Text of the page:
So why are we voting again on “Clean Missouri?”

[Amendment 3] returns the entire redistricting process to such commissions that tend to be made up of political insiders.

So why are we voting again on “Clean Missouri?” 

Missouri legislators send Amendment 3 back to the voters. 

By John Sharp

Missouri voters will decide on November 3 whether they want to throw out a key provision aimed at reducing partisan gerrymandering of Missouri House and Senate districts when they are redrawn every 10 years after the census that was part of the “Clean Missouri” proposal state voters overwhelmingly approved by a 62% margin in 2018.

Constitutional Amendment 3 eliminates the position of nonpartisan state demographer created by “Clean Missouri” and charged with preparing initial legislative redistricting plans that would go into effect unless disapproved by bipartisan redistricting commissions whose members are nominated by the state’s two major political parties and appointed by the governor.  It returns the entire redistricting process to such commissions that tend to be made up of political insiders.

Amendment 3 was approved for submittal to the voters by the Missouri General Assembly by near party-line votes, with Democratic legislators and some Republicans opposing it, and the great majority of Republican legislators favoring it.

Another change in Amendment 3 that some observers say could possibly be used to set Missouri apart from the other 49 states and significantly reduce the political representation of Missouri’s major metropolitan areas is not specifically mentioned in the ballot language.

The amendment removes the provision in the Missouri Constitution that says legislative districts shall have populations nearly as equal as practicable, “…determined by dividing the number of districts to be established into the total population of the state reported in the federal decennial census”.  Similar language is currently used in every other state.

Amendment 3 would replace that language with language stating, “Districts shall be as nearly equal as practicable in population, and shall be drawn on the basis of one person, one vote.” It goes on to say districts’ populations shall be “…measured by dividing the number of districts into the statewide population data being used…” leaving out any reference to the census.

The well-respected Brennan Center for Justice that works closely with the New York University School of Law has warned that this language could be used to attempt to allow districts’ boundaries to be drawn counting only adult citizens and not children and noncitizens.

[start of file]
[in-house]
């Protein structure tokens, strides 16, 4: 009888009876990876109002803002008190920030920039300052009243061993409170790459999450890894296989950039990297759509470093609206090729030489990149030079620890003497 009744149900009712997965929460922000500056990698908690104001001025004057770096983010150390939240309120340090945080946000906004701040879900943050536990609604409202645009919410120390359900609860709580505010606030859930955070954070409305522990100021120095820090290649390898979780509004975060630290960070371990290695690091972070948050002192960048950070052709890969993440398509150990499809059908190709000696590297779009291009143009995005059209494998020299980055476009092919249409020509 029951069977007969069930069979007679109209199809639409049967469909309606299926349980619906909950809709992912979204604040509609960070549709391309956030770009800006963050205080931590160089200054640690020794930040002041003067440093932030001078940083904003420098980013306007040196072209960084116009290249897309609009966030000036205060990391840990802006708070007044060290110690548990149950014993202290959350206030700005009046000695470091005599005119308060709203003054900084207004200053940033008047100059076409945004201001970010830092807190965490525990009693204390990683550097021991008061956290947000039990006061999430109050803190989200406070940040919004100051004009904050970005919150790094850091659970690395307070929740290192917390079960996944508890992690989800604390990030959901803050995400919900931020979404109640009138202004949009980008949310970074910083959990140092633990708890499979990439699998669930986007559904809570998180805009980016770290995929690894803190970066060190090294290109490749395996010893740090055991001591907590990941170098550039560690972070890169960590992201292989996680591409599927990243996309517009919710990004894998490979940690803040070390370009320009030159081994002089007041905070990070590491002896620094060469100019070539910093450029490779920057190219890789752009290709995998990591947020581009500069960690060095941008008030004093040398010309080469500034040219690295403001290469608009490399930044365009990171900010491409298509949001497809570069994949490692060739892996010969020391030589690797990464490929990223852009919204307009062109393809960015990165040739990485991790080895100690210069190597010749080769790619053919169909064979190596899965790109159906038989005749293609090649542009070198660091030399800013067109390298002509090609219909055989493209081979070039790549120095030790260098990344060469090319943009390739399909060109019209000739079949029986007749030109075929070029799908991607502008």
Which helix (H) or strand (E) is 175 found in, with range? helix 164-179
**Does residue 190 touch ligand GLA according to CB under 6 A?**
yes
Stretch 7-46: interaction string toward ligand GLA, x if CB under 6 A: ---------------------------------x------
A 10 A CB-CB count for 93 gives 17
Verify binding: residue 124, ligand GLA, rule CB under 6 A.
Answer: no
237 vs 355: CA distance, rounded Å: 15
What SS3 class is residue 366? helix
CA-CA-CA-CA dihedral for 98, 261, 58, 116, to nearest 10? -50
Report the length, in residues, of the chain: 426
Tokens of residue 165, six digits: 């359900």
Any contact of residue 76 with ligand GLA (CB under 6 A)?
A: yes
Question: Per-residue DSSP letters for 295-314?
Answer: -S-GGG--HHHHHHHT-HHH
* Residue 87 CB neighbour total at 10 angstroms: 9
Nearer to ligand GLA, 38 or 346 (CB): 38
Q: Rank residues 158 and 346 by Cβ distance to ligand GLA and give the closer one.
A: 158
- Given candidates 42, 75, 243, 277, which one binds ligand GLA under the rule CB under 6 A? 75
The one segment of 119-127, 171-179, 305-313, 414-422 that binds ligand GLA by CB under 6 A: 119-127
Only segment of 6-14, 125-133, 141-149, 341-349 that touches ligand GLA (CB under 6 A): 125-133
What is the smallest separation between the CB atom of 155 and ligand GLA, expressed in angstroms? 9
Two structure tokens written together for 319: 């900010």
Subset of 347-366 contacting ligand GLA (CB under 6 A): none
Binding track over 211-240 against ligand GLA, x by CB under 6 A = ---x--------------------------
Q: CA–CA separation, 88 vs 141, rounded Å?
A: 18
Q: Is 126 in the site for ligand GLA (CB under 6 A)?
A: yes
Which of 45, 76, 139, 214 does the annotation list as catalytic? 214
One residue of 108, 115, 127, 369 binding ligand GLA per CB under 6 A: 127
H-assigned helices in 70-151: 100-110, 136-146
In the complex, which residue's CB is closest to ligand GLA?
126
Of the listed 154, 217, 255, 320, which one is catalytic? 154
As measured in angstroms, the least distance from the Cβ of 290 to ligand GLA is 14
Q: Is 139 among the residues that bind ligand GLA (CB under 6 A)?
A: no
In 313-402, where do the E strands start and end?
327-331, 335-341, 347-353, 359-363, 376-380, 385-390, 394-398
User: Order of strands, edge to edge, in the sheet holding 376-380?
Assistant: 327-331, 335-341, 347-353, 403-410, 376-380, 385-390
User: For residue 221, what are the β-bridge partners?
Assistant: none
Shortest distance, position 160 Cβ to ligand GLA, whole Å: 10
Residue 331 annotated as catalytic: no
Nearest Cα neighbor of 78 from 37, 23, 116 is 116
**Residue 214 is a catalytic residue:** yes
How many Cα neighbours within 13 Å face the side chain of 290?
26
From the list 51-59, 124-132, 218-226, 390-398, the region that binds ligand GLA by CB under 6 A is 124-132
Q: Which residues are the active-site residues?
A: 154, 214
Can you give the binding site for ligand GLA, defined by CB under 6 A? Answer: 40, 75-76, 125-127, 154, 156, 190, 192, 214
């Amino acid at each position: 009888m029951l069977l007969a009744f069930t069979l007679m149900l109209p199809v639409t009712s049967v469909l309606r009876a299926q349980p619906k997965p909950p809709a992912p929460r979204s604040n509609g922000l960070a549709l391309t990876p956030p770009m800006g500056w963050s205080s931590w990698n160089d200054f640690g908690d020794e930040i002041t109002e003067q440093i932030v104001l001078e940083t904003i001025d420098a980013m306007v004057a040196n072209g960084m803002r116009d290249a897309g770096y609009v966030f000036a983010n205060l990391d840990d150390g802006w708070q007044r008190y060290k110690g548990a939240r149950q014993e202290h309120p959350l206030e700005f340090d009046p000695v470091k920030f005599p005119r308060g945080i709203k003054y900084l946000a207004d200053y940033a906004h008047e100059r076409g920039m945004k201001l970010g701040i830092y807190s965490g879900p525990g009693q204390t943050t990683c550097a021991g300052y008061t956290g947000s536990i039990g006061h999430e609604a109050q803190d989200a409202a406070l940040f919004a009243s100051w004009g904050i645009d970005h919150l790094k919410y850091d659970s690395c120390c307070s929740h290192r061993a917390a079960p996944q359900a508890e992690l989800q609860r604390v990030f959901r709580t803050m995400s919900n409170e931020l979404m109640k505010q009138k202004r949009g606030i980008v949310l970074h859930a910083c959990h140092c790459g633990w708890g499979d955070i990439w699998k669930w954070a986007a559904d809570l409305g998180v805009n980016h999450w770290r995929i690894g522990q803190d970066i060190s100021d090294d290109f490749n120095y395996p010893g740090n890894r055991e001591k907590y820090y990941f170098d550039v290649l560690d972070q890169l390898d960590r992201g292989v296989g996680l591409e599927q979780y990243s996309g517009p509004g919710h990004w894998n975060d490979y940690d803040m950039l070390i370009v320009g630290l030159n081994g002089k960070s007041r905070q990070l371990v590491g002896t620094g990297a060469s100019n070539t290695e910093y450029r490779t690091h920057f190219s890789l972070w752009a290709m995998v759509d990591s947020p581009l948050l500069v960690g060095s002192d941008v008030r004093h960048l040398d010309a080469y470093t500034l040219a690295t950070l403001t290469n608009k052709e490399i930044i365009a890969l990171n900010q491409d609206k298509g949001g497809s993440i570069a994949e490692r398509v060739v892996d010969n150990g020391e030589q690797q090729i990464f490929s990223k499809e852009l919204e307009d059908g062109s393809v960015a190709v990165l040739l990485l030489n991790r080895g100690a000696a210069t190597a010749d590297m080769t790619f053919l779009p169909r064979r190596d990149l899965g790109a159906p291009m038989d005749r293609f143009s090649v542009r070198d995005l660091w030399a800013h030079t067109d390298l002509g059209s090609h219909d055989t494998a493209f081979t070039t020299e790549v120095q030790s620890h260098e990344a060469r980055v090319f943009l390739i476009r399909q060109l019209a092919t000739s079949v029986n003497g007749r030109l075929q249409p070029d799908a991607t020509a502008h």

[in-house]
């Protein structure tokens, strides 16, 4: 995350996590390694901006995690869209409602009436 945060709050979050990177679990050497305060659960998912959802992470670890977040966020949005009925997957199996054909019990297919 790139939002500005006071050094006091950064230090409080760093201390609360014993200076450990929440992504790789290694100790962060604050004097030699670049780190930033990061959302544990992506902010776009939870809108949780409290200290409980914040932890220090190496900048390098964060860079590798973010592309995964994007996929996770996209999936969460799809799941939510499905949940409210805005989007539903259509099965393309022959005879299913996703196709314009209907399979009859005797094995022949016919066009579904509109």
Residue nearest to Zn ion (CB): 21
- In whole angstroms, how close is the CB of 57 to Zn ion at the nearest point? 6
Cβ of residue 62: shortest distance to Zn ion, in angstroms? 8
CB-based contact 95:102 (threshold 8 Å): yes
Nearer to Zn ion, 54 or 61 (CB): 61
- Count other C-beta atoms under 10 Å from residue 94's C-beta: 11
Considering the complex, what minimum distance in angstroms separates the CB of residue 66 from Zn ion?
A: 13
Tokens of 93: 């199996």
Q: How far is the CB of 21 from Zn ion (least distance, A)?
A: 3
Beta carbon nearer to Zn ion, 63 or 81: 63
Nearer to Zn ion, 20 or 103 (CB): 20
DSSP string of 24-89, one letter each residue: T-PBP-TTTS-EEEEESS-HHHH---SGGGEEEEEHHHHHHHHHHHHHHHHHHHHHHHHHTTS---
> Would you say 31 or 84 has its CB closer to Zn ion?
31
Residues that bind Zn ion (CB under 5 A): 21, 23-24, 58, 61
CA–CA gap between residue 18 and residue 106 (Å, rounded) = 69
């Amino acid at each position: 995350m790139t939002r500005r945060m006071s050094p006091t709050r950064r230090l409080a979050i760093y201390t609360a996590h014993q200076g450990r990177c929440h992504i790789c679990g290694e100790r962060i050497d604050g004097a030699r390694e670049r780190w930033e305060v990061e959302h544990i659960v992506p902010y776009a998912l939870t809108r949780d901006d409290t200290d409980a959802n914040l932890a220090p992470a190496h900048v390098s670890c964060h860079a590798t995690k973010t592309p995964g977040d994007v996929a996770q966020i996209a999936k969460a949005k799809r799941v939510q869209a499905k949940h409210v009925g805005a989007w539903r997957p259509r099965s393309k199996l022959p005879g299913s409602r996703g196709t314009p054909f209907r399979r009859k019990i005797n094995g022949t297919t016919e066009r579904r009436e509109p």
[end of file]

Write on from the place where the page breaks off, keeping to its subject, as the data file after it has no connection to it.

In a statement released September 18, the Center said, “Amendment 3 would replace the Missouri Constitutions’s current total-population language with new language that, according to its proponents at least, would allow map drawers to consider only the number of U.S. citizens over the age of 18 (that is, adult citizens) when sizing districts, effectively cutting out children and noncitizens from representation.” 

This would have a disproportionate negative impact on metropolitan areas such as Kansas City that have larger percentages of children and noncitizens than many rural areas.  It would also have a disproportionate impact on areas with significant minority populations since African-American and Latino communities in Missouri have higher percentages of children than the white community, according to the Brennan Center.

While Amendment 3 does not require reapportionment to be based only on the population of adult citizens and any move to abandon the long-standing practice of basing reapportionment on total population would undoubtedly result in numerous lawsuits, if such a change is attempted and upheld it would result in a major loss of political representation for metropolitan areas and communities of color. 

Other statements in the ballot language for Amendment 3 may be technically accurate, but they are certainly misleading about the extent of their impact.

The first bullet point in the ballot language says Amendment 3 will, “Ban gifts from paid lobbyists to legislators and their employees.” This is technically true, but “Clean Missouri” already banned such gifts that are over $5. Does anyone really think that banning a lobbyist from buying a legislator a cup of coffee is a significant reform?

The second bullet point says it will “Reduce legislative campaign contribution limits.”  The only reduction is slightly lowering the amount that can be accepted from any person by candidates for state senate or their candidate committees from $2,500 to $2,400.  Again technically true, but insignificant. 

South Kansas Citian Sean Soendker Nicholson is an organizer for Clean Missouri.

 Sean Soendker Nicholson, the south Kansas City resident who led the campaign to pass “Clean Missouri” and also is leading the effort to defeat Amendment 3, said proponents of the amendment are trying to trick voters into supporting it by making a $5 change in the limit on lobbyist gifts and a $100 change in Senate contribution limits.

“These politicians know voters will hate what’s in the fine print of this proposal,” Soendker Nicholson said.


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